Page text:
After the Deluge by Anne Louise Girodet Triosson

We don’t notice great design. We only notice design when it’s poor. Great design functions properly for the task it has been designed for. Whether it is an object like an iPhone or a well-read book – design is all about being transparent to the user. Great designers, by extension, are only heroes to other designers. Herb Lubalin is not a household name, but his work has shaped modern typographic design. We know the name of Steve Jobs – but we don’t know the name of the person who designed the iPhone (Jonathan Ive’s Industrial Design Team). This truth makes me perversely happy, then, that the designer and architect Neri Oxman’s name has entered the public lexicon because she is dating Brad Pitt. My hope is that people query to see who the heck she is and learn about the work that she does.

Oxman’s work is mostly theoretical, but it highlights some very important ideas – and her work actually shows how design can work with nature or nature can be filtered through design, to remake how things are made. Through her lab at MIT she works at the edge of technology – acknowledging that there has never been a better time in history for designers. Complex computational designs can be done with a few lines of code – and prototypes can be iterated on quickly through 3-D printers. Ms. Oxman takes these methods and looks to nature as a template for creating a new language of design and manufacture.

While Oxman is working at the bleeding edge of design, and I am working with a centuries old craft, we are both looking to nature as inspiration for our work. While she looks to how nature builds things – I look at how the human body moves. My craft, ultimately, is in the service of how the human body moves through space – specifically through Urban environments.

The arrows show the points of balance on the human body – pressure in one way or the other adds stress to a standing body.

Tango uses those points of balance to create dynamic movement within the dance.

When I design a bag, I start with the body. How is the body going to carry the bag. I think about how a body carries tension and how a body carries weight and then I think about how the body can support that weight dynamically. I think about how dancers and martial artists work with weight to create dynamic balance.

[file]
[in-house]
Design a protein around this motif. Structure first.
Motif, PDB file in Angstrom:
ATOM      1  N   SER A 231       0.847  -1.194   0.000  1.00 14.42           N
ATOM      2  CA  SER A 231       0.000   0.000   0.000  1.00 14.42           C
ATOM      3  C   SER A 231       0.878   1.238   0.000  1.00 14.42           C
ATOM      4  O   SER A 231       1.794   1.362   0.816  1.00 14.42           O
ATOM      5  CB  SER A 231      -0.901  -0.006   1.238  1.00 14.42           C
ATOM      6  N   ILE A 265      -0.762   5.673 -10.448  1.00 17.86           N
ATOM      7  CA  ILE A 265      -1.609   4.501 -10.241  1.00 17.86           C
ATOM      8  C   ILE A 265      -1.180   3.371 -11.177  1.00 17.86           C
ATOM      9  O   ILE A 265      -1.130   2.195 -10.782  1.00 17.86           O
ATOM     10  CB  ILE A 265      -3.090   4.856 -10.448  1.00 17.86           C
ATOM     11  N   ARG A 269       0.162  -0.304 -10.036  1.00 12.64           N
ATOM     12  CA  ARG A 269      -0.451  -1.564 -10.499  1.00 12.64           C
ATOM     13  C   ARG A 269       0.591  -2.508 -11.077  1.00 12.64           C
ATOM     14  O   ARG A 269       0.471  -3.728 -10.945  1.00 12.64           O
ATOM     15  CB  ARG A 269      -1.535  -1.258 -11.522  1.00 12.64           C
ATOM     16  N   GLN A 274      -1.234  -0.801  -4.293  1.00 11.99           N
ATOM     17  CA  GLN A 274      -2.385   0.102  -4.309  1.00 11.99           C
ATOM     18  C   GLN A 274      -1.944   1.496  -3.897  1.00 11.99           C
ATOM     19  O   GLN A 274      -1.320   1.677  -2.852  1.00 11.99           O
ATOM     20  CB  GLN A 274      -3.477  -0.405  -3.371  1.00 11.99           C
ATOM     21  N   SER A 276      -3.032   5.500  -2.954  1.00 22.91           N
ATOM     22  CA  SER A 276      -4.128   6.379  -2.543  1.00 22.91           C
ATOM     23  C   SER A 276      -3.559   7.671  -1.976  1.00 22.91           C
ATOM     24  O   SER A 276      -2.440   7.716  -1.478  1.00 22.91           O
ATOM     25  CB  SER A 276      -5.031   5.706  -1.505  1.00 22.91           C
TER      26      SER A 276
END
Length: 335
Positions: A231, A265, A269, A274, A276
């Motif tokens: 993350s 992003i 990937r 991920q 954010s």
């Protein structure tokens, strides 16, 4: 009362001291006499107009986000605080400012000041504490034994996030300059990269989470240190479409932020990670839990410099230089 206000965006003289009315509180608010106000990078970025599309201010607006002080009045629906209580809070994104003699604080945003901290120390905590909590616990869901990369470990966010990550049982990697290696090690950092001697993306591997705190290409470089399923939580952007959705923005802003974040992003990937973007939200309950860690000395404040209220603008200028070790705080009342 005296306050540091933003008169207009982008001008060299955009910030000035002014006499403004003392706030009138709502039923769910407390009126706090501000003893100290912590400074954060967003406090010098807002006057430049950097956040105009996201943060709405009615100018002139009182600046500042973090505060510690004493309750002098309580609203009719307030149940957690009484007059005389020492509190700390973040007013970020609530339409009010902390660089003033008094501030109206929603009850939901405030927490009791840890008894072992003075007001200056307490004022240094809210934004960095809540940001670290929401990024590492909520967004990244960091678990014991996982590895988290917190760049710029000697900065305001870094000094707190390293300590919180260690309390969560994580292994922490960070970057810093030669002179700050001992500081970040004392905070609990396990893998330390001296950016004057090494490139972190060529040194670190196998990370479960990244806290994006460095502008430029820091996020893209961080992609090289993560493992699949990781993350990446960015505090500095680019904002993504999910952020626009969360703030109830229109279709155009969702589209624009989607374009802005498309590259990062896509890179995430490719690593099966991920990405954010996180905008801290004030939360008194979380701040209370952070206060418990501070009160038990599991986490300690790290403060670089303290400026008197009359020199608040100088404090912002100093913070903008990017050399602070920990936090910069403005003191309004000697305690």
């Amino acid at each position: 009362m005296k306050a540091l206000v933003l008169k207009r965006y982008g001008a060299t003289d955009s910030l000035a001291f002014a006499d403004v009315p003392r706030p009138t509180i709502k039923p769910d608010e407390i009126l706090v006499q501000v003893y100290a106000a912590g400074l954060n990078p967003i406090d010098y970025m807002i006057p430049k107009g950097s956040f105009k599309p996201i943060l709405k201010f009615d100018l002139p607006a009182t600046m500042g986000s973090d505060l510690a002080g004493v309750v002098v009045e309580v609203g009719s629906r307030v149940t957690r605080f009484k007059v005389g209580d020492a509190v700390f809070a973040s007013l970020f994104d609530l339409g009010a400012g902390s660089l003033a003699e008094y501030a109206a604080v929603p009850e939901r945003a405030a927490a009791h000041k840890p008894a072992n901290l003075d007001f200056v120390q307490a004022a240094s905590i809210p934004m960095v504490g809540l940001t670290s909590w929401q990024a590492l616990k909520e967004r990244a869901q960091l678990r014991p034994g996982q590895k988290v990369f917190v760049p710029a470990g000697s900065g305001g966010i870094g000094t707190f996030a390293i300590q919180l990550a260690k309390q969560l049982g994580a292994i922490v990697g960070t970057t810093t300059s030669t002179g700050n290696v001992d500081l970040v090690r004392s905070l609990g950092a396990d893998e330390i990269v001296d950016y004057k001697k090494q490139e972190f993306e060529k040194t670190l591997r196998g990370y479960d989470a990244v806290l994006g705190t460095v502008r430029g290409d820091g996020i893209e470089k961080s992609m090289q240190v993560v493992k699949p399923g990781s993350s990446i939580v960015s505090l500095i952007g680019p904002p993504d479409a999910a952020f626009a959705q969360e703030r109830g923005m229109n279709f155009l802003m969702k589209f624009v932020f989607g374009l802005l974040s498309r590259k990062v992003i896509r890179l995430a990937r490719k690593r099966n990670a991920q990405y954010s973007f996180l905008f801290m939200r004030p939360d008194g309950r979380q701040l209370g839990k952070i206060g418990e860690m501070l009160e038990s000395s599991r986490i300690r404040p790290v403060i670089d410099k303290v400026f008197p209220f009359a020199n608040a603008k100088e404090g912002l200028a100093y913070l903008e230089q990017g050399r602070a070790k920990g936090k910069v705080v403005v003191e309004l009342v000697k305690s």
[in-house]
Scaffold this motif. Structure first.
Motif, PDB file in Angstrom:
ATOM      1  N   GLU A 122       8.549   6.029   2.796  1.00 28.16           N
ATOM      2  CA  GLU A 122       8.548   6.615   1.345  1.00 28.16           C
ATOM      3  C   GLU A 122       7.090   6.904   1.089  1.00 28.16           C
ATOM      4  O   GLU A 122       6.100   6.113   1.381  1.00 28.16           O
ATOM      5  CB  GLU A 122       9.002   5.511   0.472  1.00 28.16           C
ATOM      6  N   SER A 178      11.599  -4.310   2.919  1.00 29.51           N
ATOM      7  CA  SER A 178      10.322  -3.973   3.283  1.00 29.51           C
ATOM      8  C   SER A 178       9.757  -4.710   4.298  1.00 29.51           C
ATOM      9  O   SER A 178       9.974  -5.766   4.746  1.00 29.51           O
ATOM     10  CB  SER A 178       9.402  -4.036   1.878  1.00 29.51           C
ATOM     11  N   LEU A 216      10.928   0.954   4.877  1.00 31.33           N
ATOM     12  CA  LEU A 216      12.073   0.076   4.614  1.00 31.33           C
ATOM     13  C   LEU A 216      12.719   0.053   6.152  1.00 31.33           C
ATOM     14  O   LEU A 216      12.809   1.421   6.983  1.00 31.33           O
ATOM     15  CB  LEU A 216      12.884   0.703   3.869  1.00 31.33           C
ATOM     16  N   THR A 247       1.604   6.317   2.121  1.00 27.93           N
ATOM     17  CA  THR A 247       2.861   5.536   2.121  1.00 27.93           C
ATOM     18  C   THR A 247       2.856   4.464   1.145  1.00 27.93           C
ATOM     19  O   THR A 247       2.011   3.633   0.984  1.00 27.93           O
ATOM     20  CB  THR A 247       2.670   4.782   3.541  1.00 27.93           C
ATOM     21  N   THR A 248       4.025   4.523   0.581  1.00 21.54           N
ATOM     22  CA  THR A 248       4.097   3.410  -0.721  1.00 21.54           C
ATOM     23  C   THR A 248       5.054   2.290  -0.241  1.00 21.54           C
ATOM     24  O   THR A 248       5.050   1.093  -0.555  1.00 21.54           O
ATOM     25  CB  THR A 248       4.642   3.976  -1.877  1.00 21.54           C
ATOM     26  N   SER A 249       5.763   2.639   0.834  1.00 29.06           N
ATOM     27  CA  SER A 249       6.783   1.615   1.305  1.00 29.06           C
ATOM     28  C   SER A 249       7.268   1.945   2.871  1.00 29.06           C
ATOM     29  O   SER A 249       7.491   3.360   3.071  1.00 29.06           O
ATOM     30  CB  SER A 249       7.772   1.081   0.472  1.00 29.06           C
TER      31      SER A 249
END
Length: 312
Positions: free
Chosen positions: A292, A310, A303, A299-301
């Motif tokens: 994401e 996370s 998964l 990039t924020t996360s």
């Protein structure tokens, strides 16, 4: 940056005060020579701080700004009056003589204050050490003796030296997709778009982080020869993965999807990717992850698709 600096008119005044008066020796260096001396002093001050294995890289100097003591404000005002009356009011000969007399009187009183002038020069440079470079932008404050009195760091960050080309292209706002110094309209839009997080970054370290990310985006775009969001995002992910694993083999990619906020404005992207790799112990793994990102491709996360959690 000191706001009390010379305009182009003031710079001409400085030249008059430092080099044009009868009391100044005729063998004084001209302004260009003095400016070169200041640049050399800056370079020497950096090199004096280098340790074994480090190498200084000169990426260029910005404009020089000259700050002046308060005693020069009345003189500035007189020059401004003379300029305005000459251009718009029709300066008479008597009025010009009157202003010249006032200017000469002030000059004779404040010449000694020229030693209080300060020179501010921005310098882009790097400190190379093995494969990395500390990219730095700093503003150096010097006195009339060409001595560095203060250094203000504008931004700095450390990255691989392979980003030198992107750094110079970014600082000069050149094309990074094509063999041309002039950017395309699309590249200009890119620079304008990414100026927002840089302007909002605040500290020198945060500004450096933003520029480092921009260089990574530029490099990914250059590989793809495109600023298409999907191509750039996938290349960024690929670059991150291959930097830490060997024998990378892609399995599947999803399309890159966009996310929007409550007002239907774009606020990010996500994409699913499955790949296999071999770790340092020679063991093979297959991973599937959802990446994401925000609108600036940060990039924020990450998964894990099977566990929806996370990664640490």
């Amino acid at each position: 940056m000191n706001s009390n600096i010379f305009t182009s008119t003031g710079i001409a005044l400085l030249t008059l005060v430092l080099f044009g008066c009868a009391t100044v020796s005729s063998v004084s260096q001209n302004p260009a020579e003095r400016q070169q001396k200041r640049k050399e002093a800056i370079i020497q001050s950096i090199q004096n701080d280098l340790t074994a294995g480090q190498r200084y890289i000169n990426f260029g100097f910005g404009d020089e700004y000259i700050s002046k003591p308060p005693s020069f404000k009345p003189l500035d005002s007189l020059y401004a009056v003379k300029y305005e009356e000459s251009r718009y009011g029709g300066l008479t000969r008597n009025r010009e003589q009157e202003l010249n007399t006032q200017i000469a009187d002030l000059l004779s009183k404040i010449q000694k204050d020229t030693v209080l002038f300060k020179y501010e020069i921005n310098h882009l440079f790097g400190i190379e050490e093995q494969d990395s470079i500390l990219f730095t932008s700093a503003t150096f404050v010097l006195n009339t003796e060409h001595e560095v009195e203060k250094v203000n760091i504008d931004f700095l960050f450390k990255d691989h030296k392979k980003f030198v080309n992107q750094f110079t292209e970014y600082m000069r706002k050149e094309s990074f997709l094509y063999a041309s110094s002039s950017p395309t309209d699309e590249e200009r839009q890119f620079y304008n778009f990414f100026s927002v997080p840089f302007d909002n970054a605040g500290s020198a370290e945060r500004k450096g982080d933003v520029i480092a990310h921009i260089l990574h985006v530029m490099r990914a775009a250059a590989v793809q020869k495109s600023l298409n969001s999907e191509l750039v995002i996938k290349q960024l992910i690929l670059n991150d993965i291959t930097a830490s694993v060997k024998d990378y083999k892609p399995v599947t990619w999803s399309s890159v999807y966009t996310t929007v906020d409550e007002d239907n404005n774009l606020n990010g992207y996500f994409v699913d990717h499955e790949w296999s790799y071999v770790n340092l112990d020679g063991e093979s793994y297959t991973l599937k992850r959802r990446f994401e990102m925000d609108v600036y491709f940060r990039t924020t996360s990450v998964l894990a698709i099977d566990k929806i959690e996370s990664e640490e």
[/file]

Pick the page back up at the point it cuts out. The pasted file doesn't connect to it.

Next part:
Traditional bag straps come straight out of the body of the bag – this moves the weight of the bag out from the body. putting pressure on the shoulders.

A simple change in design pulls the weight of a bag close to the body, allowing the body to support the weight more fully.

Most traditional bag designs are arranged to push the weight away from the body. By hanging the straps straight down to the sides of the bag, it becomes a weight that pulls on your hand or on your shoulders. What we know from dancing and from Martial Arts is that weight can be distributed across the hips and across the back – spreading the load and working with how the body moves to carry the weight as you walk or ride. You can see this design also with framed backpacks, which use a belt to carry the weight at the hips. but the daily commuter or day traveler doesn’t really want to carry that kind of pack.  Every other avocation has a specialized piece of gear for carrying stuff. If you are a climber or a cyclist or a surfer – there are bags for you. Bags that are designed for how people live when they aren’t on the crags or in the drops don’t really exist. Sure, there are bags for professionals and for urban adventurers – but their designs don’t really function. They might have style, but they don’t have function that works the way your day works.

To design a bag for the commuter and the day traveler is to think first about the spaces they will be in and the kind of transit they might use. Bike. Train. Bus.  Walking. And then to think about where they will be: The office. The Gym. Home. Dancing. What you need to carry – how you need to carry it, and how to do it without wearing you out.

This is the goal of Sidgl’s design team – to make bags you notice because they are beautiful, not because they are uncomfortable.

About Ben Trissel

Ben is the Founder of Sidgl, 4th generation craftsman and designer that believes in thoughtful design, sustainable manufacturing and functional beauty. Sidgl makes handcrafted bags that are designed to look good, feel good and above all function well.

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